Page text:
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While this year’s race for governor in Virginia will draw plenty of attention, the 2013 gubernatorial contest in New Jersey looks like a yawner.
But it’s a mistake to draw too grand a conclusion from Republican Gov. Chris Christie’s current standing in the polls, either for how he will perform in November or how his current job approval numbers set him up for a possible presidential run in 2016.
Christie, 50, is being evaluated now by Garden State voters not as a politician or political leader, but rather as a symbol of state pride and survival after the damage done to the state by Hurricane Sandy in October.
The most recent state survey, Quinnipiac University’s Jan. 15-21 poll of registered voters, showed the governor’s job approval at 74 percent, with 56 percent of Democrats and 78 percent of independents approving of his performance. (In contrast, President Barack Obama’s job approval among the same respondents stood at only 54 percent.)
Christie showed strength across all demographic groups. Even 69 percent of women and 56 percent of blacks approved of how the Republican has handled his job, stunning numbers in a Democratic state.
Christie’s personal “favorable” rating stood at 69 percent, a full 40 points higher than the 29 percent of New Jersey registered voters who had a favorable view of the Republican Party.
Initially, a handful of Democrats, including state Sen. Richard Codey, who served for a time as acting governor and later as the governor, and state Senate President Stephen Sweeney, were mentioned as potential challengers to the governor. But those big names passed, and party insiders have lined up behind state Sen. Barbara Buono, 59, who announced her candidacy in December.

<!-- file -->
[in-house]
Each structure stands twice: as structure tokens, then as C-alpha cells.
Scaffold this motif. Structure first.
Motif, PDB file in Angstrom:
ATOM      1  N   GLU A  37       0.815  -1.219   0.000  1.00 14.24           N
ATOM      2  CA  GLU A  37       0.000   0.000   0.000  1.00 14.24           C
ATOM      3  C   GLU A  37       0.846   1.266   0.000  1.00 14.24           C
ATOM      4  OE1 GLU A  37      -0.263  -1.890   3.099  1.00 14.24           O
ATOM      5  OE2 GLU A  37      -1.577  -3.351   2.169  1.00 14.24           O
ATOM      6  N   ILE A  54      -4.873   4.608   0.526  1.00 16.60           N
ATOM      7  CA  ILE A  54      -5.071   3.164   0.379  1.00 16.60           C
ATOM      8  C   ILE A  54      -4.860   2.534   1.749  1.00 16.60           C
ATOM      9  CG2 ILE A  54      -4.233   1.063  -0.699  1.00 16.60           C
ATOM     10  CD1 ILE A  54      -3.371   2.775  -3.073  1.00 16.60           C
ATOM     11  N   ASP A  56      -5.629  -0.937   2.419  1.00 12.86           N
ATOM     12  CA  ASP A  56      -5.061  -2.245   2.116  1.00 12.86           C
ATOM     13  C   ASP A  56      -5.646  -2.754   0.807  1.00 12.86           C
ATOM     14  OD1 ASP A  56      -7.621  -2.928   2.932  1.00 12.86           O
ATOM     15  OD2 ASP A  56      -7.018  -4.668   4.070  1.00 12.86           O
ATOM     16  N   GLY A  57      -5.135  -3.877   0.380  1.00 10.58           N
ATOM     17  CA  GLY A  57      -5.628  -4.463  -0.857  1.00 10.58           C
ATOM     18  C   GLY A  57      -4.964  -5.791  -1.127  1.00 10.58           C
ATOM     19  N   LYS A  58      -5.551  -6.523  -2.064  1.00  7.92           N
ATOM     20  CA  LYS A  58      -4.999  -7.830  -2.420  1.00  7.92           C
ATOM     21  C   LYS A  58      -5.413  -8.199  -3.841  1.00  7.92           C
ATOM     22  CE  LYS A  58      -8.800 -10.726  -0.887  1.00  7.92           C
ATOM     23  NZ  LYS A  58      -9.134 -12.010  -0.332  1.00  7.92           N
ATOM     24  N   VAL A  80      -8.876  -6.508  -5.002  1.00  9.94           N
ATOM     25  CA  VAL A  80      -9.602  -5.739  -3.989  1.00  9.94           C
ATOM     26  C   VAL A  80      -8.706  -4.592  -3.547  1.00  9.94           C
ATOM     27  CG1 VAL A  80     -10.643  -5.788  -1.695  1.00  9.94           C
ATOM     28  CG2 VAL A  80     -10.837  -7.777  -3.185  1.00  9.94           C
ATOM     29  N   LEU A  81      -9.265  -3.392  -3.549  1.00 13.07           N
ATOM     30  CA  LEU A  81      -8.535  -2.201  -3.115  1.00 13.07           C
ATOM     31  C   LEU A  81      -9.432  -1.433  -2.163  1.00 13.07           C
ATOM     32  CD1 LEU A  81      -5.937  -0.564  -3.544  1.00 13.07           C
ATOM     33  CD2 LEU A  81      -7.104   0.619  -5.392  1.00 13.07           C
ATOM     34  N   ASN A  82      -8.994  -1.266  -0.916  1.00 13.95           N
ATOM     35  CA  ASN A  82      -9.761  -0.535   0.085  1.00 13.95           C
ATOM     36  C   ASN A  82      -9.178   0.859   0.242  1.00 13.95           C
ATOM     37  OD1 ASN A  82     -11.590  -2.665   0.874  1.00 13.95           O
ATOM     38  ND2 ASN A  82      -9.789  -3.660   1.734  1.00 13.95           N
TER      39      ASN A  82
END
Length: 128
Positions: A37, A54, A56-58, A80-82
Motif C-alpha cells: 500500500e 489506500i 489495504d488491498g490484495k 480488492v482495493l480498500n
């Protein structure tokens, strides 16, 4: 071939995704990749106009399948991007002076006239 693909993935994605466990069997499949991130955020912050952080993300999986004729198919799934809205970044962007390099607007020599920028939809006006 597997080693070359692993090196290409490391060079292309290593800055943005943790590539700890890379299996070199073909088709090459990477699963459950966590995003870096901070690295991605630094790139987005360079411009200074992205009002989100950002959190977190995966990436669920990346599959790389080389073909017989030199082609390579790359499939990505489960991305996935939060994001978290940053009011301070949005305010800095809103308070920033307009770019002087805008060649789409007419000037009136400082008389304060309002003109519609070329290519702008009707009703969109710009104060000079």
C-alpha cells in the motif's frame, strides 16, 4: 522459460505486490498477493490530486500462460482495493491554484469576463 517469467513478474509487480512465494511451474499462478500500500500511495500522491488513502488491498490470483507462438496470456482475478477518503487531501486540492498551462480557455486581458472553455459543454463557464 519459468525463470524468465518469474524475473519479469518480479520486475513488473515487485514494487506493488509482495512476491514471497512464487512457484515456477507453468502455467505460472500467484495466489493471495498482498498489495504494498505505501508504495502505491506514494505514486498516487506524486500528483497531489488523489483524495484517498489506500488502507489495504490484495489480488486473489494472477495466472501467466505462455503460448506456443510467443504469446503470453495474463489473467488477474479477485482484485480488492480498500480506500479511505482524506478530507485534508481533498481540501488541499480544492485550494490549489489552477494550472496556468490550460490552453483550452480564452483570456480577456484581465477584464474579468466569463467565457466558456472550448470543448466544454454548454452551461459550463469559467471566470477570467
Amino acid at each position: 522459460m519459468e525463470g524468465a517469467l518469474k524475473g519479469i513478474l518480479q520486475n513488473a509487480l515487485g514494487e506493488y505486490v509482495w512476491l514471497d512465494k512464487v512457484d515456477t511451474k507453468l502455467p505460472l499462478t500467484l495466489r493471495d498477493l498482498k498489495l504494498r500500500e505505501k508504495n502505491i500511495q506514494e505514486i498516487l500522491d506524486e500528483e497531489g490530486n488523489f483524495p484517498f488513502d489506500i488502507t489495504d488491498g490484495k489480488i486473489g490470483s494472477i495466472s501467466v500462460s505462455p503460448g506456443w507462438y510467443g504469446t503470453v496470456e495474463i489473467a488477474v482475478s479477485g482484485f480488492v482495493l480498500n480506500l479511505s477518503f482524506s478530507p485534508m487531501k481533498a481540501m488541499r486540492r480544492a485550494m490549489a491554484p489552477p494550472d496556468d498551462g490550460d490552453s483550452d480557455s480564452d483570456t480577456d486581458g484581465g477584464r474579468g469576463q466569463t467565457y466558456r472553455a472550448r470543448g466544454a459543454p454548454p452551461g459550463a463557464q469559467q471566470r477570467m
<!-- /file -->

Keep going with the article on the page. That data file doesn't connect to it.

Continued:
Christie holds a 41-point lead (63 percent to 22 percent) over Buono, a Middlesex County Democrat who needs to find some fatal flaw in the governor or in his administration during the next nine months to have any chance of pulling off an upset.
But partisan elections usually encourage voters to start to thinking in partisan terms, and given the state’s Democratic bent — it hasn’t elected a Republican to the U.S. Senate in 40 years — there are plenty of Democratic voters who now approve of Christie’s performance but will turn negative when they start evaluating his entire record.
That means that the governor’s huge margins in general-election ballot tests could shrink significantly as Election Day approaches.
If the governor does win a second term comfortably, the possibility of a Christie run for the GOP presidential nomination in 2016 will get plenty of attention from cable television and political pontificators from both parties.
But it would be a mistake to get too carried away about Christie’s prospects in 2016 just because he is almost certain to be re-elected in the Garden State.